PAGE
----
Homeland has never shied away from controversial or provocative subject matter. Since it first aired in 2011, the CIA thriller has dealt head-on with terrorists, muslim extremists, executions, suicide bombers, torture and political corruption.
The US network behind the show, Showtime, says it will continue to do so in the wake of last week’s terrorist attack on satirical magazine Charlie Hebdo and the cyber-attack on Sony.
“It’s a bit of a scary time to be a maker of controversial, political truth. It’s been a bad month for free speech around the world,” Showtime president David Nevins told journalists at the Television Critics Association’s press tour yesterday.
When it comes to writing the show’s fifth season, Nevins said: “I hope [the attacks are] not considered at all. I really, really don’t want there to be any limitations. I don’t expect there will be. [The writers] never shied away from anything difficult. I want them to go right into the teeth of it again.”
“I’m very defensive of their right to tell difficult stories in difficult parts of the world,” he added.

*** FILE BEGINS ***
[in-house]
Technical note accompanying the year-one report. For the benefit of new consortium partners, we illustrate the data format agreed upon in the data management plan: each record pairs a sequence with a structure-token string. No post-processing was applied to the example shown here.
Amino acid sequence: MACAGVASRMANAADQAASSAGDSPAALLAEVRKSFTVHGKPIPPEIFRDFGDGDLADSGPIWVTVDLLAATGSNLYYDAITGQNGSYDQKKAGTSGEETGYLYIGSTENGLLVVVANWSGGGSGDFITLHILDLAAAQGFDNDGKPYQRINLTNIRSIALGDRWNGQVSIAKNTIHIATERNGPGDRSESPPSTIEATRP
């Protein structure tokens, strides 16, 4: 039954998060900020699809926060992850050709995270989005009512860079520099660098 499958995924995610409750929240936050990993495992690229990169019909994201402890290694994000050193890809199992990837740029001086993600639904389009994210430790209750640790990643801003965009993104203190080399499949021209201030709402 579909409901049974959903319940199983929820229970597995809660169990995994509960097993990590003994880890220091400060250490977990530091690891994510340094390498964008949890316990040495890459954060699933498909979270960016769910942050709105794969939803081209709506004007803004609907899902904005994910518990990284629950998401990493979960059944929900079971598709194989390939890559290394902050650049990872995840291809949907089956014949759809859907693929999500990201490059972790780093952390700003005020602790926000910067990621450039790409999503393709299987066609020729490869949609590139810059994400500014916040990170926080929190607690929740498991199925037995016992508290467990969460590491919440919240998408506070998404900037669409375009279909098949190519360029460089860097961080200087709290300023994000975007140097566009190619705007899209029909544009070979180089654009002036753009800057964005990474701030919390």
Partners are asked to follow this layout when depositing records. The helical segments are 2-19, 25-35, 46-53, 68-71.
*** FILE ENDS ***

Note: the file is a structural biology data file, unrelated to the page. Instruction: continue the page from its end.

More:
But there is a chance the show will move away from the Middle East and “US relations in the Muslim world” when it returns, Nevins said.
“Where they’re going to go next year is a little bit up in the air. We’re not necessarily going to [continue addressing] US relations in the Muslim world,” he says.
“The real franchise of the show is how difficult it is to be America in the world in the 21st century, how difficult the choices are. I think that’s a story that will remain relevant for as long as they can come up with new stories. It could be Africa, it could be Europe, it could be back in another place in the Middle East. I don’t expect that show to fall into a formula. I can see it coming back to the US at some point.”
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